Brad Plumer has the story of an all too typical sequence of events. Cato seeks to put together a list of academics who challenge the scientific consensus on climate change. A bunch of respected climate scientists point out that the papers Cato cites actually support the scientific consensus. And someone from Cato responds to the challenge by, well, not responding to it.
This is a serious problem for libertarians. Climate science has followed a path very similar to many other sciences over the past few decades. An interesting hypothesis touched off a great deal of research which led to a growing consensus on the validity of the hypothesis — that in fact, it was consistent with the available data. But scientific progress in other fields didn’t, by and large, generate some rather significant policy implications (the minimalist one of which, for climate change, is that something should be done, even if that something is simply preparing for the effects of warming). And so libertarian think tanks haven’t devoted themselves to trying to undermine the science in those fields, while libertarians have gone to war against the field of climate science. They made this choice not because they dislike the process of scientific inquiry, but because they dislike the policy implications of a specific scientific conclusion.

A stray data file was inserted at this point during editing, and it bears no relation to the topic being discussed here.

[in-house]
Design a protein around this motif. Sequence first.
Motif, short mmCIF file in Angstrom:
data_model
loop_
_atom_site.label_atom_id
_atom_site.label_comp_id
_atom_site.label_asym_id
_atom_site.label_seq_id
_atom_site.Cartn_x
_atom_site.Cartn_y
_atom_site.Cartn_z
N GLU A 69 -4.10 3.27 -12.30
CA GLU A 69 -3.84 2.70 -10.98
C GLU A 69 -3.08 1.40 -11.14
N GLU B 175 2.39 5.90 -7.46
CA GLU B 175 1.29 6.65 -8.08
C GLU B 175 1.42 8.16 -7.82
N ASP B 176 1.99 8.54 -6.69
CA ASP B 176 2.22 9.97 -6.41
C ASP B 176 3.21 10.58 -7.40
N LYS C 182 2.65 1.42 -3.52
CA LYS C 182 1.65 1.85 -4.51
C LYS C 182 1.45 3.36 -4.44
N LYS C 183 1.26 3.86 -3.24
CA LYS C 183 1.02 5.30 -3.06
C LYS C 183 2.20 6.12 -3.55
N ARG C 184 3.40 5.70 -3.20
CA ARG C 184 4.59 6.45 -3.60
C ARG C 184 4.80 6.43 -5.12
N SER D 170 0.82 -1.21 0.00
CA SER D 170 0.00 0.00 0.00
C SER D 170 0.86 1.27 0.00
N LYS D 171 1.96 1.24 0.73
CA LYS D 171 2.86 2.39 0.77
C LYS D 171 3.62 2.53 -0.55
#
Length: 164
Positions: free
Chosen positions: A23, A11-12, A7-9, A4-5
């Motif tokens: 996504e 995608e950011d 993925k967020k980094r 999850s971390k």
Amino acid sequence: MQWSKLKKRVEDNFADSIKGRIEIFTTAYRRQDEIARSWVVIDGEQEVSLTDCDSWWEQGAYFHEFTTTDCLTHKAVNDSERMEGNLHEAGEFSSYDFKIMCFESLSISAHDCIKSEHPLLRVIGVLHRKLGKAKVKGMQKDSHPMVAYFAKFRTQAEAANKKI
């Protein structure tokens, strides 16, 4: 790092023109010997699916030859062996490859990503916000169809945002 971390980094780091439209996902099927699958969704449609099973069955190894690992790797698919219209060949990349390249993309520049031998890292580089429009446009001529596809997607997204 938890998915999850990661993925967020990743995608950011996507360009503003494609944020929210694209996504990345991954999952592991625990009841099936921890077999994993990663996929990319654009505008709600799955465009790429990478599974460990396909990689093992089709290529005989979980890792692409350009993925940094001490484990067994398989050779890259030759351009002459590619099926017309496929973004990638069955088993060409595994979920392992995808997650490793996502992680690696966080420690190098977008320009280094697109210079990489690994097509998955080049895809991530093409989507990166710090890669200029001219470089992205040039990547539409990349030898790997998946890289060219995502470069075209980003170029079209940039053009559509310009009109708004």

That is to say, confronted by a problem demanding solutions inimical to libertarian beliefs, libertarians were faced with the choice of reneging on their beliefs or turning their back on science. Tellingly, they chose the latter. One might think that’s a rather drastic decision, given the role scientific endeavors have played in delivering the material prosperity so dear to the hearts of the libertarian world, and one would be right.
A belief system that cannot grapple with the fundamental reality of a situation is, quite simply, not a belief system worth having. If I were a part of a movement that demanded I not get out of the way of oncoming cars, and that challenged the conclusion of the fields of physics and biology that an impact between the car and my person would leave my person badly damaged, I would begin to suspect that this movement was maybe full of crazy people with very bad ideas. I suspect most people, and perhaps nearly all people would arrive at this conclusion. And if that movement couldn’t come up with a better way to approach the problem of the oncoming car, well, it would eventually find itself abandoned, destroyed by the insistent encroachment of reality.